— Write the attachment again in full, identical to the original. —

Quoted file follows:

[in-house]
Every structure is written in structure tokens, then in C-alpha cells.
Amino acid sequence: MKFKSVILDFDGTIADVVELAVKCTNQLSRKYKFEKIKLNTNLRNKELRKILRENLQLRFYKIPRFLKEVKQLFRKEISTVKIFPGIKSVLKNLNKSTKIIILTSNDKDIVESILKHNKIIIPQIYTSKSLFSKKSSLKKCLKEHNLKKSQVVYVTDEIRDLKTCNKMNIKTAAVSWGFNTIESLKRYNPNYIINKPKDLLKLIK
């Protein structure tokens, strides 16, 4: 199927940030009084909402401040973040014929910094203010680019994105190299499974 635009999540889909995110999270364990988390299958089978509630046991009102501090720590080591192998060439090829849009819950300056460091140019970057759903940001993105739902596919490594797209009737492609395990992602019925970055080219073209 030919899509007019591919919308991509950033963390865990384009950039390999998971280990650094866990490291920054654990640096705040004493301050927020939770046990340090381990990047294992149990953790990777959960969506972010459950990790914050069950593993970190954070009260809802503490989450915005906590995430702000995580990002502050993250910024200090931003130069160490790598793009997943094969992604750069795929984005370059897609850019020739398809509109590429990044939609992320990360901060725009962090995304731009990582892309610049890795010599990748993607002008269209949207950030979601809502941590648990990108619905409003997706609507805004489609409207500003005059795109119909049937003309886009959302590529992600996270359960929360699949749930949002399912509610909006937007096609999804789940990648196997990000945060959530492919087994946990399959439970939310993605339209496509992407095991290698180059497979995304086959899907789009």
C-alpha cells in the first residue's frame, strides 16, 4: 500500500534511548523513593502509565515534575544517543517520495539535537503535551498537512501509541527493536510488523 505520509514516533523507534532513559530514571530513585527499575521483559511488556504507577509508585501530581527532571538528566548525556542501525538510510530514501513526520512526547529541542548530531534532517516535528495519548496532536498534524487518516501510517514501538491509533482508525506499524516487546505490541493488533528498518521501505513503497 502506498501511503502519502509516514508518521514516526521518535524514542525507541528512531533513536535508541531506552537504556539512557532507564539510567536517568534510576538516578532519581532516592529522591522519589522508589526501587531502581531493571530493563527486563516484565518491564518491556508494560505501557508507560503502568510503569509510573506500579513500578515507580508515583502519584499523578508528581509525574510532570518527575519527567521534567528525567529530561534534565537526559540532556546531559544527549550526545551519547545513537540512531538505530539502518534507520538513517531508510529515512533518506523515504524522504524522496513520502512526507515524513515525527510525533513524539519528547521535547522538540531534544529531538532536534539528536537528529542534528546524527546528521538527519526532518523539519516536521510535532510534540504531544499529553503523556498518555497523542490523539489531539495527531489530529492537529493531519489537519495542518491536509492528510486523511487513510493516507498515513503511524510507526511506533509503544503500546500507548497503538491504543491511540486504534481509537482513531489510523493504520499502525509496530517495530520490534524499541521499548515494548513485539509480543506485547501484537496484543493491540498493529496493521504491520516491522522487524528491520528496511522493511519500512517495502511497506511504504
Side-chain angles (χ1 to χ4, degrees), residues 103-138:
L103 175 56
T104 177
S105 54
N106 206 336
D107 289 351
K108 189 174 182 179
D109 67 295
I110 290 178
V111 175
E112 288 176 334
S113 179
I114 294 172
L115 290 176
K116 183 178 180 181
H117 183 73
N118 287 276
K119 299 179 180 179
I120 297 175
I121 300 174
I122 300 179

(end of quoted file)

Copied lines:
[in-house]
Every structure is written in structure tokens, then in C-alpha cells.
Amino acid sequence: MKFKSVILDFDGTIADVVELAVKCTNQLSRKYKFEKIKLNTNLRNKELRKILRENLQLRFYKIPRFLKEVKQLFRKEISTVKIFPGIKSVLKNLNKSTKIIILTSNDKDIVESILKHNKIIIPQIYTSKSLFSKKSSLKKCLKEHNLKKSQVVYVTDEIRDLKTCNKMNIKTAAVSWGFNTIESLKRYNPNYIINKPKDLLKLIK
């Protein structure tokens, strides 16, 4: 199927940030009084909402401040973040014929910094203010680019994105190299499974 635009999540889909995110999270364990988390299958089978509630046991009102501090720590080591192998060439090829849009819950300056460091140019970057759903940001993105739902596919490594797209009737492609395990992602019925970055080219073209 030919899509007019591919919308991509950033963390865990384009950039390999998971280990650094866990490291920054654990640096705040004493301050927020939770046990340090381990990047294992149990953790990777959960969506972010459950990790914050069950593993970190954070009260809802503490989450915005906590995430702000995580990002502050993250910024200090931003130069160490790598793009997943094969992604750069795929984005370059897609850019020739398809509109590429990044939609992320990360901060725009962090995304731009990582892309610049890795010599990748993607002008269209949207950030979601809502941590648990990108619905409003997706609507805004489609409207500003005059795109119909049937003309886009959302590529992600996270359960929360699949749930949002399912509610909006937007096609999804789940990648196997990000945060959530492919087994946990399959439970939310993605339209496509992407095991290698180059497979995304086959899907789009």
C-alpha cells in the first residue's frame, strides 16, 4: 500500500534511548523513593502509565515534575544517543517520495539535537503535551498537512501509541527493536510488523 505520509514516533523507534532513559530514571530513585527499575521483559511488556504507577509508585501530581527532571538528566548525556542501525538510510530514501513526520512526547529541542548530531534532517516535528495519548496532536498534524487518516501510517514501538491509533482508525506499524516487546505490541493488533528498518521501505513503497 502506498501511503502519502509516514508518521514516526521518535524514542525507541528512531533513536535508541531506552537504556539512557532507564539510567536517568534510576538516578532519581532516592529522591522519589522508589526501587531502581531493571530493563527486563516484565518491564518491556508494560505501557508507560503502568510503569509510573506500579513500578515507580508515583502519584499523578508528581509525574510532570518527575519527567521534567528525567529530561534534565537526559540532556546531559544527549550526545551519547545513537540512531538505530539502518534507520538513517531508510529515512533518506523515504524522504524522496513520502512526507515524513515525527510525533513524539519528547521535547522538540531534544529531538532536534539528536537528529542534528546524527546528521538527519526532518523539519516536521510535532510534540504531544499529553503523556498518555497523542490523539489531539495527531489530529492537529493531519489537519495542518491536509492528510486523511487513510493516507498515513503511524510507526511506533509503544503500546500507548497503538491504543491511540486504534481509537482513531489510523493504520499502525509496530517495530520490534524499541521499548515494548513485539509480543506485547501484537496484543493491540498493529496493521504491520516491522522487524528491520528496511522493511519500512517495502511497506511504504
Side-chain angles (χ1 to χ4, degrees), residues 103-138:
L103 175 56
T104 177
S105 54
N106 206 336
D107 289 351
K108 189 174 182 179
D109 67 295
I110 290 178
V111 175
E112 288 176 334
S113 179
I114 294 172
L115 290 176
K116 183 178 180 181
H117 183 73
N118 287 276
K119 299 179 180 179
I120 297 175
I121 300 174
I122 300 179